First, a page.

Right now, Rubiales has received a 90-day ban from FIFA but has thus far refused to resign despite governmental, media, and player pressure. The Spanish High Court’s prosecutor plans to contact Hermoso about a possible criminal complaint for sexual aggression, and the state-run Sport Administrative Court has been asked to look into the matter further. The RFEF says it will take legal action to prove his innocence. The conflict does not look like it will be resolved any time soon.
For this type of scandal to taint an accomplishment of this magnitude is not only a disservice to the tournament, but to the sport itself. In a moment in which we should be celebrating one of the best women’s soccer competitions ever played, with the highest level of play we’ve ever seen at the international level, all we are talking about is a man’s bigoted and sexist actions.
Despite everything, FIFA has not come down hard enough on a man that has clearly committed grievous harm. FIFA president Gianni Infantino recently told women’s soccer players to essentially fend for themselves against this kind of behavior: “Pick the right battles. Pick the right fights. You have the power to change. You have the power to convince us men what we have to do and what we don’t have to do. You do it. Just do it.”
If this is the man that is running soccer’s governing body, it’s no wonder that nothing has been done to make change. This Spanish team defied the odds and won the biggest prize in international soccer. They should not have to additionally convince those who are supposed to support them to do so in the fight for their right to basic human decency, both from their coach and their Federation.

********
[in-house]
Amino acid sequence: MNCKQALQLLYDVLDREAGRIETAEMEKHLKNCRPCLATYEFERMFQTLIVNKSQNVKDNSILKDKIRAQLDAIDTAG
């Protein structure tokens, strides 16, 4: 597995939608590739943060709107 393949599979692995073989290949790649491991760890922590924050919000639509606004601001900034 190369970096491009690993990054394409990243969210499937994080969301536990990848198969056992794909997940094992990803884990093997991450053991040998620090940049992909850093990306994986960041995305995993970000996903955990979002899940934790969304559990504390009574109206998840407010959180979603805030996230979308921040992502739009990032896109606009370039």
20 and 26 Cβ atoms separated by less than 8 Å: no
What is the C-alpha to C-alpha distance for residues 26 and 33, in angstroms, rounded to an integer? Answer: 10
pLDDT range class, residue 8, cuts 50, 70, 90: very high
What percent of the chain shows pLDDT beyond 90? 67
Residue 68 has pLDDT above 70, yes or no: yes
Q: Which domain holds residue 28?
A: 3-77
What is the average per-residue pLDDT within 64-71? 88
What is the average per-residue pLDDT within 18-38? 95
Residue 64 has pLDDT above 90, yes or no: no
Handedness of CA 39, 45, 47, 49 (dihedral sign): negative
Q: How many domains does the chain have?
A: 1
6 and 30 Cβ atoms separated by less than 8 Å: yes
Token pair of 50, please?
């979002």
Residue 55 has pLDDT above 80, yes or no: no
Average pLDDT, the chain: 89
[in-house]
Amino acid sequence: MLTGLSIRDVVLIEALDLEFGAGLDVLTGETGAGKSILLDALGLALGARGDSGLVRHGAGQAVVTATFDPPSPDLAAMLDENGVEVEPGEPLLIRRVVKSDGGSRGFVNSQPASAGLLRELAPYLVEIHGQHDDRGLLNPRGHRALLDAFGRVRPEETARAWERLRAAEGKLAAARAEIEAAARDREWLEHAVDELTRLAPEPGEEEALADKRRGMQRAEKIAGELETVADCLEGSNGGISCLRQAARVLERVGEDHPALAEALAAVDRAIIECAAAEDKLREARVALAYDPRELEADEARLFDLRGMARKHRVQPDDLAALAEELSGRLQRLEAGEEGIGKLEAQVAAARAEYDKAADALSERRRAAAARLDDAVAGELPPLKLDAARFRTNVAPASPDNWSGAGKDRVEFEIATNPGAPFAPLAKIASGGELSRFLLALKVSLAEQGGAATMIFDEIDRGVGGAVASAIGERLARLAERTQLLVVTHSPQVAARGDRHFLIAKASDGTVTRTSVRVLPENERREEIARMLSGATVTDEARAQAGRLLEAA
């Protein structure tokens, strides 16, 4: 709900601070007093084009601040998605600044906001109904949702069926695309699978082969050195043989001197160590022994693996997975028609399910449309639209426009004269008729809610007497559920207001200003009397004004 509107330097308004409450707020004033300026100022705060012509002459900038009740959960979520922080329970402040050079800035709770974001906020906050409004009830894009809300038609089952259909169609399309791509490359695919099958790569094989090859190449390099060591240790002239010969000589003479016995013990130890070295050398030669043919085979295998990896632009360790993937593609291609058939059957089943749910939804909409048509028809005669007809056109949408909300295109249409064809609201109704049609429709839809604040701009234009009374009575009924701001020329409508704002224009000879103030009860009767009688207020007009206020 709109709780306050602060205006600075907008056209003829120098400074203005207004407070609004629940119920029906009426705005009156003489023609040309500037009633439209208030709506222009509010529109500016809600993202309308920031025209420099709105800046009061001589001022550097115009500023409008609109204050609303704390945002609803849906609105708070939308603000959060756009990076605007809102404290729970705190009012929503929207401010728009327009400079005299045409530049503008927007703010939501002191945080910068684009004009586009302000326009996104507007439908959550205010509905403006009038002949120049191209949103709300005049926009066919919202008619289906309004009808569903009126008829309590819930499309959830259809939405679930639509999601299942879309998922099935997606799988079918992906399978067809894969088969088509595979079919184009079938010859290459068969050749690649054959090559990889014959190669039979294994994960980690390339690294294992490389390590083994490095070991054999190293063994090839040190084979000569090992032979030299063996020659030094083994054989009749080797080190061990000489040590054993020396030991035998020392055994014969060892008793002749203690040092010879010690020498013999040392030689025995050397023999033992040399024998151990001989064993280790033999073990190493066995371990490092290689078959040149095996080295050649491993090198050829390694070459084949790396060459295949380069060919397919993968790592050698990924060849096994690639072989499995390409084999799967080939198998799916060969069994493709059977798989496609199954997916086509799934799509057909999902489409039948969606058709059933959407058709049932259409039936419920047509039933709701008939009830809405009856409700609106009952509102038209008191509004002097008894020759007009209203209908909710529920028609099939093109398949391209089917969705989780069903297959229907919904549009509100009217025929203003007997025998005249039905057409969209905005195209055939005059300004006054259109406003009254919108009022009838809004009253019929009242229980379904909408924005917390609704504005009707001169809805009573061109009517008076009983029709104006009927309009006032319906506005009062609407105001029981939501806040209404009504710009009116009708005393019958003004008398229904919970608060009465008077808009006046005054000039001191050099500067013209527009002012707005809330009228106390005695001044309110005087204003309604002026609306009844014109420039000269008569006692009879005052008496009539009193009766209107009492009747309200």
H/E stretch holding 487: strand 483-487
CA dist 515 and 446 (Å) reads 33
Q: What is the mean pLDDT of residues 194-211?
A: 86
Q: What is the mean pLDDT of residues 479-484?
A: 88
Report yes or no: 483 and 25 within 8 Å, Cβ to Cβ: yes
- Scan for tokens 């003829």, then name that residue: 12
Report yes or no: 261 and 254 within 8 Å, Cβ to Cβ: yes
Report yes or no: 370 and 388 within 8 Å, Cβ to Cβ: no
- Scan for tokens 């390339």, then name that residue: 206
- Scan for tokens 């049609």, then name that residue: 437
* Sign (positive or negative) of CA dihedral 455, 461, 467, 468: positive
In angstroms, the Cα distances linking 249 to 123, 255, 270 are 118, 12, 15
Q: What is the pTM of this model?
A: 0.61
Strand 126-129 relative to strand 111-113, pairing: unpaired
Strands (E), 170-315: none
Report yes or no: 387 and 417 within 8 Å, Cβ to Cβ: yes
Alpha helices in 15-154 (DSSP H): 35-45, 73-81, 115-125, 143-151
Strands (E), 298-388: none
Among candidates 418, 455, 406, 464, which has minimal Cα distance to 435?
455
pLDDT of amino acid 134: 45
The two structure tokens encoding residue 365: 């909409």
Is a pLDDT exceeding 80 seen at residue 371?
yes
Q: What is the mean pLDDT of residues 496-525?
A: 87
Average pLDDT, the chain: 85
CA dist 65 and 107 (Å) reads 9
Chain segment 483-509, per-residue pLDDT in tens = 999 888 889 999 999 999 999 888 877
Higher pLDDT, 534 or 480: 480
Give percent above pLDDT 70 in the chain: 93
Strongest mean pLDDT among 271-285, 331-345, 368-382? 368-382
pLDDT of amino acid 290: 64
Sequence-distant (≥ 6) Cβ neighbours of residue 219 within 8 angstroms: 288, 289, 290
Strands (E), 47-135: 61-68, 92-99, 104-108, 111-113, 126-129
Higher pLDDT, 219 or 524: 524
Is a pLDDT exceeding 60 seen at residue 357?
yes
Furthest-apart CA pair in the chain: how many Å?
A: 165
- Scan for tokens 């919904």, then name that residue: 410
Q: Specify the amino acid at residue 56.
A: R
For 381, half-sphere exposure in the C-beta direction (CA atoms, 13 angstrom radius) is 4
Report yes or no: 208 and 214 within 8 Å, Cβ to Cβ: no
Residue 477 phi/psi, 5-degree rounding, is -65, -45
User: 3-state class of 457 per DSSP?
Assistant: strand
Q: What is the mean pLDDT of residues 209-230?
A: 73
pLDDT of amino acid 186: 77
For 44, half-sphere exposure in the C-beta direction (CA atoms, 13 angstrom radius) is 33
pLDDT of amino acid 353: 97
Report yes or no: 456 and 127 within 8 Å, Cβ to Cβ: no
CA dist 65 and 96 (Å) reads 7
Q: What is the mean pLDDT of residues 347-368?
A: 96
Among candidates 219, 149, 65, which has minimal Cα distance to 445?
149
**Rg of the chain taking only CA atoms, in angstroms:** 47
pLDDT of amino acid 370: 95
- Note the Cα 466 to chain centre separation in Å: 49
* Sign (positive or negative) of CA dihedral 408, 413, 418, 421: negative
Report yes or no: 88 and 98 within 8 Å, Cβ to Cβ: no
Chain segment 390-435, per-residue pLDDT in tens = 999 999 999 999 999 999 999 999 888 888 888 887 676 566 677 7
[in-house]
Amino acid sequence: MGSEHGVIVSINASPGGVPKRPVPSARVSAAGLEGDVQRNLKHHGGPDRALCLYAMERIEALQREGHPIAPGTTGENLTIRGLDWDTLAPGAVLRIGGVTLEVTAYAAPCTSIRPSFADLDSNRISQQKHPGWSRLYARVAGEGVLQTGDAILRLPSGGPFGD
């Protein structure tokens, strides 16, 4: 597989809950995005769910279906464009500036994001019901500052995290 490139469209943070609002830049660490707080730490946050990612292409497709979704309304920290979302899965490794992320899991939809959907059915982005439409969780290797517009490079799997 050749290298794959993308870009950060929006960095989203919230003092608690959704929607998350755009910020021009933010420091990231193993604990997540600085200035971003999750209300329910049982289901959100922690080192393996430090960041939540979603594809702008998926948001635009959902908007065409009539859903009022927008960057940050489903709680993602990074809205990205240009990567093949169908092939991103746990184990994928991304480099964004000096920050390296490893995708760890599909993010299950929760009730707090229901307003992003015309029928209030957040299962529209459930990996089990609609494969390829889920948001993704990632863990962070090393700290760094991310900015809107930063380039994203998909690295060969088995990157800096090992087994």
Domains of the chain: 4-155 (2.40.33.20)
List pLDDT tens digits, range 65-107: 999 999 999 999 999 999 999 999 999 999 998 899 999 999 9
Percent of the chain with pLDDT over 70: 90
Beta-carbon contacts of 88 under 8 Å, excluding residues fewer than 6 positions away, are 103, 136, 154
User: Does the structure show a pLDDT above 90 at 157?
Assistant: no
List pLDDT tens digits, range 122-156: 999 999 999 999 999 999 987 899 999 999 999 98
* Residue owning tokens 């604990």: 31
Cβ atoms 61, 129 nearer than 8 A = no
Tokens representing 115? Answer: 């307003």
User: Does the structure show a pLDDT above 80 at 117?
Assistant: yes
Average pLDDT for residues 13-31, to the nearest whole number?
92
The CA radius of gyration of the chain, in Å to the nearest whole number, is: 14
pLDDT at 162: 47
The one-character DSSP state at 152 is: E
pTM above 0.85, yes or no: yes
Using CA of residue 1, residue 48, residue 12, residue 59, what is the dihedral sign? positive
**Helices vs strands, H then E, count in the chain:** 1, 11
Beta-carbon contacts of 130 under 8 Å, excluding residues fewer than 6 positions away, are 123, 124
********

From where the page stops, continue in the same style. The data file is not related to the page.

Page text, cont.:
Many in and around the sport didn’t want the Spanish team to win purely because of Vilda, myself included. If Spain were to win, I thought, would the federation, which has time and time again backed a man creating a toxic playing environment, be willing to part with the coach that won them soccer’s ultimate prize?
Many soccer fans seemed to think that the answer to that question was no. However, with the news breaking that much of Vilda’s coaching staff were resigning and that he himself was sacked on Tuesday, Sept. 5 after interim RFEF president Pedro Rocha met with the Spanish government, pundits seem to have been proven wrong. Maybe this time, basic human decency has prevailed. But for it to take yet another scandal involving federation leadership to move those in power to take a stand is appalling and something that would never happen in men’s sport. We need to be better.
So yes, Spain’s accomplishment will go down in history. But like many other history-making moments, instead of those 23 women being praised for their hard work, dedication, and passion for the sport they love, we will forever discuss the misdeeds of the men who were supposed to support them.